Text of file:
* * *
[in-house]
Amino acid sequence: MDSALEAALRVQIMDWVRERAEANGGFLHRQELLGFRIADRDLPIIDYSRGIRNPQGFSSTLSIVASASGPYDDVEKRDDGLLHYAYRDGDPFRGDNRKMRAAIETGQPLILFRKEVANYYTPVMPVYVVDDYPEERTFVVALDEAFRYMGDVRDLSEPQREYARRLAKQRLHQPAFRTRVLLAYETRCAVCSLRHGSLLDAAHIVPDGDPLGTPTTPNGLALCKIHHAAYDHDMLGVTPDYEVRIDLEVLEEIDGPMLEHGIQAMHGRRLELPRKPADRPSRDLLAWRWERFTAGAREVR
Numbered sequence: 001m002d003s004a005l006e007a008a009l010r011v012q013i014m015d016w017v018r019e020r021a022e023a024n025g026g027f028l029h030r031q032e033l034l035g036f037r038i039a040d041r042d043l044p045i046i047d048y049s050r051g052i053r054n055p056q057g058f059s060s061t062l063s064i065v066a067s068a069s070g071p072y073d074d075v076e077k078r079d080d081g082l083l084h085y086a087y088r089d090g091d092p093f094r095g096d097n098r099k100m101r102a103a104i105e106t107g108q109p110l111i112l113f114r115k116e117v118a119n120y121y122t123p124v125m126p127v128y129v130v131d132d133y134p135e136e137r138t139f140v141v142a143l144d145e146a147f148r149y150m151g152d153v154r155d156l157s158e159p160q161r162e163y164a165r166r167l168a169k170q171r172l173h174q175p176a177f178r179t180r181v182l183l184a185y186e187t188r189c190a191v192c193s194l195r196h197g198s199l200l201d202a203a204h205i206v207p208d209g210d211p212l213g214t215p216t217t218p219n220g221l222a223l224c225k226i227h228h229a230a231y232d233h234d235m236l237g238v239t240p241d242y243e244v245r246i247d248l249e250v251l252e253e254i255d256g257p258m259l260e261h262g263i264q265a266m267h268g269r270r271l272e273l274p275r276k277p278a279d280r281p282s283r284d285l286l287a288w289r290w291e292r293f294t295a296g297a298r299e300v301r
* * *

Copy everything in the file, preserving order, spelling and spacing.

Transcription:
[in-house]
Amino acid sequence: MDSALEAALRVQIMDWVRERAEANGGFLHRQELLGFRIADRDLPIIDYSRGIRNPQGFSSTLSIVASASGPYDDVEKRDDGLLHYAYRDGDPFRGDNRKMRAAIETGQPLILFRKEVANYYTPVMPVYVVDDYPEERTFVVALDEAFRYMGDVRDLSEPQREYARRLAKQRLHQPAFRTRVLLAYETRCAVCSLRHGSLLDAAHIVPDGDPLGTPTTPNGLALCKIHHAAYDHDMLGVTPDYEVRIDLEVLEEIDGPMLEHGIQAMHGRRLELPRKPADRPSRDLLAWRWERFTAGAREVR
Numbered sequence: 001m002d003s004a005l006e007a008a009l010r011v012q013i014m015d016w017v018r019e020r021a022e023a024n025g026g027f028l029h030r031q032e033l034l035g036f037r038i039a040d041r042d043l044p045i046i047d048y049s050r051g052i053r054n055p056q057g058f059s060s061t062l063s064i065v066a067s068a069s070g071p072y073d074d075v076e077k078r079d080d081g082l083l084h085y086a087y088r089d090g091d092p093f094r095g096d097n098r099k100m101r102a103a104i105e106t107g108q109p110l111i112l113f114r115k116e117v118a119n120y121y122t123p124v125m126p127v128y129v130v131d132d133y134p135e136e137r138t139f140v141v142a143l144d145e146a147f148r149y150m151g152d153v154r155d156l157s158e159p160q161r162e163y164a165r166r167l168a169k170q171r172l173h174q175p176a177f178r179t180r181v182l183l184a185y186e187t188r189c190a191v192c193s194l195r196h197g198s199l200l201d202a203a204h205i206v207p208d209g210d211p212l213g214t215p216t217t218p219n220g221l222a223l224c225k226i227h228h229a230a231y232d233h234d235m236l237g238v239t240p241d242y243e244v245r246i247d248l249e250v251l252e253e254i255d256g257p258m259l260e261h262g263i264q265a266m267h268g269r270r271l272e273l274p275r276k277p278a279d280r281p282s283r284d285l286l287a288w289r290w291e292r293f294t295a296g297a298r299e300v301r